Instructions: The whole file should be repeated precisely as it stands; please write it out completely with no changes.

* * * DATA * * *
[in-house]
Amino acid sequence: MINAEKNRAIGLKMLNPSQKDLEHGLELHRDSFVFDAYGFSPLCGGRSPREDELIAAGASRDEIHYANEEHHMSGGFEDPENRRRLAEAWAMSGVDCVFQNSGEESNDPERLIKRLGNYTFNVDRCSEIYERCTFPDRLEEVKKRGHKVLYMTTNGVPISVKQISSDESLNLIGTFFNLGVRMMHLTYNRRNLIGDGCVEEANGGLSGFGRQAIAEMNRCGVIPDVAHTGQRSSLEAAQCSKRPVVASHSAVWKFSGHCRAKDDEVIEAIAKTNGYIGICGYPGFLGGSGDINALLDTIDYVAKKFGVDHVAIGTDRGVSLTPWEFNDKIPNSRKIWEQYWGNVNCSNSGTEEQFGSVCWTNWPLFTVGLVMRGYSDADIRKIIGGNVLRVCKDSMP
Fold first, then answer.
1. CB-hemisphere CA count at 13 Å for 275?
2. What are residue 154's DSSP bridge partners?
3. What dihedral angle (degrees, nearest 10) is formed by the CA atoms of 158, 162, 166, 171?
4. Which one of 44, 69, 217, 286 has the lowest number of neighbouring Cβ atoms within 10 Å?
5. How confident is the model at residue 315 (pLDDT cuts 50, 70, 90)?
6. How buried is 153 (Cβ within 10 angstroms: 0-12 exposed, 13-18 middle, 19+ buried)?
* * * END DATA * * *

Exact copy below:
[in-house]
Amino acid sequence: MINAEKNRAIGLKMLNPSQKDLEHGLELHRDSFVFDAYGFSPLCGGRSPREDELIAAGASRDEIHYANEEHHMSGGFEDPENRRRLAEAWAMSGVDCVFQNSGEESNDPERLIKRLGNYTFNVDRCSEIYERCTFPDRLEEVKKRGHKVLYMTTNGVPISVKQISSDESLNLIGTFFNLGVRMMHLTYNRRNLIGDGCVEEANGGLSGFGRQAIAEMNRCGVIPDVAHTGQRSSLEAAQCSKRPVVASHSAVWKFSGHCRAKDDEVIEAIAKTNGYIGICGYPGFLGGSGDINALLDTIDYVAKKFGVDHVAIGTDRGVSLTPWEFNDKIPNSRKIWEQYWGNVNCSNSGTEEQFGSVCWTNWPLFTVGLVMRGYSDADIRKIIGGNVLRVCKDSMP
Fold first, then answer.
1. CB-hemisphere CA count at 13 Å for 275?
2. What are residue 154's DSSP bridge partners?
3. What dihedral angle (degrees, nearest 10) is formed by the CA atoms of 158, 162, 166, 171?
4. Which one of 44, 69, 217, 286 has the lowest number of neighbouring Cβ atoms within 10 Å?
5. How confident is the model at residue 315 (pLDDT cuts 50, 70, 90)?
6. How buried is 153 (Cβ within 10 angstroms: 0-12 exposed, 13-18 middle, 19+ buried)?